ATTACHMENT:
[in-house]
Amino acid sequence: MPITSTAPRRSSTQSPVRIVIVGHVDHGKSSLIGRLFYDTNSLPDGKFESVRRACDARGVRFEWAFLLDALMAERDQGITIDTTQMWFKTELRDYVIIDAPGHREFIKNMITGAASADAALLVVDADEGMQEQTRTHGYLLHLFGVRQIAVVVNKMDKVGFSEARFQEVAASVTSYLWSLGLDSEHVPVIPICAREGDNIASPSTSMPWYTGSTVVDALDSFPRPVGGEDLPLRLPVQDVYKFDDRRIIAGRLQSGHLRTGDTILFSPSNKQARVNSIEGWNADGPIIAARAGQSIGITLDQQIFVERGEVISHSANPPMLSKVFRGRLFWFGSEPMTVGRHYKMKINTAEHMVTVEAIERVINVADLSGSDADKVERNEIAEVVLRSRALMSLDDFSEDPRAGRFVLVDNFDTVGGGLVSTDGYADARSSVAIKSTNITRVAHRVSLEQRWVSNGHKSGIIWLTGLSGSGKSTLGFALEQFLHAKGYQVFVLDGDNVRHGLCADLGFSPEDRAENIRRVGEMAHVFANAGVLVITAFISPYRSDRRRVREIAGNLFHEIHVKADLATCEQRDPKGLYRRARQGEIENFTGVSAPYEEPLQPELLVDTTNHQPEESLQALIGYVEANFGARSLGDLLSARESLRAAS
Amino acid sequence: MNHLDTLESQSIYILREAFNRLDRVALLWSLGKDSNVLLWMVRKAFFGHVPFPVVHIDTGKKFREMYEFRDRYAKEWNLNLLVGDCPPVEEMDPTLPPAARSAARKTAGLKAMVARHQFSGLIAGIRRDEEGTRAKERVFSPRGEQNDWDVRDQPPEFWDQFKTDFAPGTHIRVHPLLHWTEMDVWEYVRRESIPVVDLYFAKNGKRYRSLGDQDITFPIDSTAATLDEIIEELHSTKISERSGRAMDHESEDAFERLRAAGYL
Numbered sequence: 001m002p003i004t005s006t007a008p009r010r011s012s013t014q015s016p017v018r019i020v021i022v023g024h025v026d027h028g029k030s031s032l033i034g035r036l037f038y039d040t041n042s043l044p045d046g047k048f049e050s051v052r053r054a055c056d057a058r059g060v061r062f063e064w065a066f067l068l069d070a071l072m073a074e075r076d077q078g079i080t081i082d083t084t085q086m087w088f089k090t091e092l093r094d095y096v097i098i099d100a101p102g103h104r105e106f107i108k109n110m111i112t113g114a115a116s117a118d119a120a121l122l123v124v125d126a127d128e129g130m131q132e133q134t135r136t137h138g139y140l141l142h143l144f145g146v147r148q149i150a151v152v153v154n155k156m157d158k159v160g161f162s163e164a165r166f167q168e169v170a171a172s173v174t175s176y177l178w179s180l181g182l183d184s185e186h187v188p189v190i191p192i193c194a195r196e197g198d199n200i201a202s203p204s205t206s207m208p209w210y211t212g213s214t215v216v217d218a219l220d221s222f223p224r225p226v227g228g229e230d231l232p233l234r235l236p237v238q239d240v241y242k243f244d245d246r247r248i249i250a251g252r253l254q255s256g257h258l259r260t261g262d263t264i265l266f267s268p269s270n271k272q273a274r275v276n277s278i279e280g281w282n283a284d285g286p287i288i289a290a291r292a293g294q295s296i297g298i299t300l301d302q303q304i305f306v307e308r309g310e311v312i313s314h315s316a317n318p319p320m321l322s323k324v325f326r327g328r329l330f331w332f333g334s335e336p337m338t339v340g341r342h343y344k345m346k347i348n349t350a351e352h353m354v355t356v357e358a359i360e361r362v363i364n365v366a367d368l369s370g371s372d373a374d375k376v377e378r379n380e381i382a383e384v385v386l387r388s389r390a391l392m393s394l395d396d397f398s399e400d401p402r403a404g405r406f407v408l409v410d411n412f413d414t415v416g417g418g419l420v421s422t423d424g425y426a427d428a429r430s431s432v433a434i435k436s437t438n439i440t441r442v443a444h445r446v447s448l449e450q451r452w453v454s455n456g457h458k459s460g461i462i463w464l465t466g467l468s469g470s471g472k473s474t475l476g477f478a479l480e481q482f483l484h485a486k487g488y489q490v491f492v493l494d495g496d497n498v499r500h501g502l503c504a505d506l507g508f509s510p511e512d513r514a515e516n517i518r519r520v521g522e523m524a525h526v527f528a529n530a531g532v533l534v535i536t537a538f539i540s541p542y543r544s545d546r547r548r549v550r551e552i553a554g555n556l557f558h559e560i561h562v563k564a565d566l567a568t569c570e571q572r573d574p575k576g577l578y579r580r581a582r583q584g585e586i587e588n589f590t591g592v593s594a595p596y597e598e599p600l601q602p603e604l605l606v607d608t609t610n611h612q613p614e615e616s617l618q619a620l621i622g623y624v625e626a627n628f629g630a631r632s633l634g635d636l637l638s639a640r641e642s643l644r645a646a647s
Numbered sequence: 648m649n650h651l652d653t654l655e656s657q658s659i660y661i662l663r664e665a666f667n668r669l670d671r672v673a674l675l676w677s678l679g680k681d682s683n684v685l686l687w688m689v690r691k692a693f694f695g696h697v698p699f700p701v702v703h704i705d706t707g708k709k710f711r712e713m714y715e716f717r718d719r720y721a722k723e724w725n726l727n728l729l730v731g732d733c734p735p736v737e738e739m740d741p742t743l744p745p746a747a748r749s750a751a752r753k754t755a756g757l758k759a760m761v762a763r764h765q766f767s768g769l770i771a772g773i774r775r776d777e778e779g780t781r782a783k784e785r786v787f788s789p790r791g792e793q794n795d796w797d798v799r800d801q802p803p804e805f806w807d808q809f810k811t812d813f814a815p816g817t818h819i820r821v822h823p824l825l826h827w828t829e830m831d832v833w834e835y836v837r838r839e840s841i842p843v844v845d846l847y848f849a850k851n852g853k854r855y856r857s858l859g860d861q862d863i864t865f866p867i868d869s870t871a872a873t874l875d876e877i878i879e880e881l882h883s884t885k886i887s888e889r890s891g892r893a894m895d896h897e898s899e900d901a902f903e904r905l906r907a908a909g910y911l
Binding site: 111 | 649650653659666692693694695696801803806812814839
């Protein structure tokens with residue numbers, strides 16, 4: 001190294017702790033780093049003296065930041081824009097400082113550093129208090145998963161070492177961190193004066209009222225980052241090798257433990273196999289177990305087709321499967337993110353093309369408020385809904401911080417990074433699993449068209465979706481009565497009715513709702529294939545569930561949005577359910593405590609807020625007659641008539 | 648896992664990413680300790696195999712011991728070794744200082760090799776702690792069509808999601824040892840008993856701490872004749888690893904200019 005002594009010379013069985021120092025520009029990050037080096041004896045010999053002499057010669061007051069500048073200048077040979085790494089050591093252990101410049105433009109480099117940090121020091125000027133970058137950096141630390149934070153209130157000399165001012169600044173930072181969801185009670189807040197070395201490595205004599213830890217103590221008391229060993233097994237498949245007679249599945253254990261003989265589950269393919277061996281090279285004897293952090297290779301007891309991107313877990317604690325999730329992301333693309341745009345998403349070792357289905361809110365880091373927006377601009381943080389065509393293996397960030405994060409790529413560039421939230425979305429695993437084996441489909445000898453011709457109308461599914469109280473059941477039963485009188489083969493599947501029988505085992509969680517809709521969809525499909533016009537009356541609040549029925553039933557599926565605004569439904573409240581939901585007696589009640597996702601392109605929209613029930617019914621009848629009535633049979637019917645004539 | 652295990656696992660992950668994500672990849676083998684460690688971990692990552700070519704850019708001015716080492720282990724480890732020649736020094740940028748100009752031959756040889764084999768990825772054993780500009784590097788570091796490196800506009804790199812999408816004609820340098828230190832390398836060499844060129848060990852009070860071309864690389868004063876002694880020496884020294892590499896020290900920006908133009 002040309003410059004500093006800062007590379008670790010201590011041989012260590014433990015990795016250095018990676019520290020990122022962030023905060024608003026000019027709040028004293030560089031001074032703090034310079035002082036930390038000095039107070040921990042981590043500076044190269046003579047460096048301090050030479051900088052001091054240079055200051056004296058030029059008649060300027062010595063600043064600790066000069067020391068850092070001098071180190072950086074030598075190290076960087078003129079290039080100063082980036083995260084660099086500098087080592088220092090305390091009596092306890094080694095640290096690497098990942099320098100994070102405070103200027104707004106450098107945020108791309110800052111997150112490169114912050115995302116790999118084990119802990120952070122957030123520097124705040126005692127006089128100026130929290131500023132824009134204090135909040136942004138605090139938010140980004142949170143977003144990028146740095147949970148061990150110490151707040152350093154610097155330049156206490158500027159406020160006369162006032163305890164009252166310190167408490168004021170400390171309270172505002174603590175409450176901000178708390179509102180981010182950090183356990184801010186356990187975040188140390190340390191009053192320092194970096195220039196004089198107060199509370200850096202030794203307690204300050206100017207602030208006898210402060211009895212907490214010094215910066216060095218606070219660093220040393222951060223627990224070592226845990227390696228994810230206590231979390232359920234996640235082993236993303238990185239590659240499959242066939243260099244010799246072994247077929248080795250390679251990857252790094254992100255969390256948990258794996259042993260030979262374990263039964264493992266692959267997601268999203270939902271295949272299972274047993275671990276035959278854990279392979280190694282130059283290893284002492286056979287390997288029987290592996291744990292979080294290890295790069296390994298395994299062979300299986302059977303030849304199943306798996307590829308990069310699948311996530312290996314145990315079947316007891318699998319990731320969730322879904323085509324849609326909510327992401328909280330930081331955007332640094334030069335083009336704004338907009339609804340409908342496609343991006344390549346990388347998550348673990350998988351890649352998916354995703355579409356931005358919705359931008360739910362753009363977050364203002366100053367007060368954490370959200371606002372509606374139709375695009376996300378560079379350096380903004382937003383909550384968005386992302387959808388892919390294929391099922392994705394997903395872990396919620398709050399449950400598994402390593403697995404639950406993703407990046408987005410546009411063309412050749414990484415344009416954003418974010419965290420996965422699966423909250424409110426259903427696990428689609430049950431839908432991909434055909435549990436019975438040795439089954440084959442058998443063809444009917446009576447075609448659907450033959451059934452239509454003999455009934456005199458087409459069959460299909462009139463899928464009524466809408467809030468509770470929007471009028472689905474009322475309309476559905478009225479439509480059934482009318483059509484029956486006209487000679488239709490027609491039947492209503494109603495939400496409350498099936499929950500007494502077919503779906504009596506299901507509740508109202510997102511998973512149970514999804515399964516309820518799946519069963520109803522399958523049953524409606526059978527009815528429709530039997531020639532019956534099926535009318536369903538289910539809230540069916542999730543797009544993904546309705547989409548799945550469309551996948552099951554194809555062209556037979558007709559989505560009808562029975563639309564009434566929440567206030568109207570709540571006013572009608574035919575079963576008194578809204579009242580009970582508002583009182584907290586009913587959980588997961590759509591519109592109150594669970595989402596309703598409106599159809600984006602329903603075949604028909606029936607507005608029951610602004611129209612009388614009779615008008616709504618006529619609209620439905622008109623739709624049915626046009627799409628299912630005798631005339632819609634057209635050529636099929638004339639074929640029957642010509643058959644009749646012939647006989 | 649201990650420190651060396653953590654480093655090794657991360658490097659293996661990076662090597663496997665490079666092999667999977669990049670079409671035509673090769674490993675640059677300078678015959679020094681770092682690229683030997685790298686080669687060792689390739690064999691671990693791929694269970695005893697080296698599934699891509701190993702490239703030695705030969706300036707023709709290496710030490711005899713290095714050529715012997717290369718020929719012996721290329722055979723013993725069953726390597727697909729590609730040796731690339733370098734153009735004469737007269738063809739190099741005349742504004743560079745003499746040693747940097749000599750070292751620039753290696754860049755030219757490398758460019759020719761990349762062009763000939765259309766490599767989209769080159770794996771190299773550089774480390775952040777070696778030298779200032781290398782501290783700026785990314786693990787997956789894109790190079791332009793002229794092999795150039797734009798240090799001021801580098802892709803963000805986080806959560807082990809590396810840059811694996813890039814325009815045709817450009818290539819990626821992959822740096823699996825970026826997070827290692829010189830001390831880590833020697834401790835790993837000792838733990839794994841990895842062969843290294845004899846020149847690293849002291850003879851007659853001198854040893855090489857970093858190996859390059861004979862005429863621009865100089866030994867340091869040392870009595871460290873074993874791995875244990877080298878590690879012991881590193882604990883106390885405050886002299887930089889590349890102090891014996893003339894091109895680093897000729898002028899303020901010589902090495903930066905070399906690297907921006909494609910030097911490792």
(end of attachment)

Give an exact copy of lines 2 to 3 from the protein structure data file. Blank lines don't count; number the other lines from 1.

Amino acid sequence: MPITSTAPRRSSTQSPVRIVIVGHVDHGKSSLIGRLFYDTNSLPDGKFESVRRACDARGVRFEWAFLLDALMAERDQGITIDTTQMWFKTELRDYVIIDAPGHREFIKNMITGAASADAALLVVDADEGMQEQTRTHGYLLHLFGVRQIAVVVNKMDKVGFSEARFQEVAASVTSYLWSLGLDSEHVPVIPICAREGDNIASPSTSMPWYTGSTVVDALDSFPRPVGGEDLPLRLPVQDVYKFDDRRIIAGRLQSGHLRTGDTILFSPSNKQARVNSIEGWNADGPIIAARAGQSIGITLDQQIFVERGEVISHSANPPMLSKVFRGRLFWFGSEPMTVGRHYKMKINTAEHMVTVEAIERVINVADLSGSDADKVERNEIAEVVLRSRALMSLDDFSEDPRAGRFVLVDNFDTVGGGLVSTDGYADARSSVAIKSTNITRVAHRVSLEQRWVSNGHKSGIIWLTGLSGSGKSTLGFALEQFLHAKGYQVFVLDGDNVRHGLCADLGFSPEDRAENIRRVGEMAHVFANAGVLVITAFISPYRSDRRRVREIAGNLFHEIHVKADLATCEQRDPKGLYRRARQGEIENFTGVSAPYEEPLQPELLVDTTNHQPEESLQALIGYVEANFGARSLGDLLSARESLRAAS
Amino acid sequence: MNHLDTLESQSIYILREAFNRLDRVALLWSLGKDSNVLLWMVRKAFFGHVPFPVVHIDTGKKFREMYEFRDRYAKEWNLNLLVGDCPPVEEMDPTLPPAARSAARKTAGLKAMVARHQFSGLIAGIRRDEEGTRAKERVFSPRGEQNDWDVRDQPPEFWDQFKTDFAPGTHIRVHPLLHWTEMDVWEYVRRESIPVVDLYFAKNGKRYRSLGDQDITFPIDSTAATLDEIIEELHSTKISERSGRAMDHESEDAFERLRAAGYL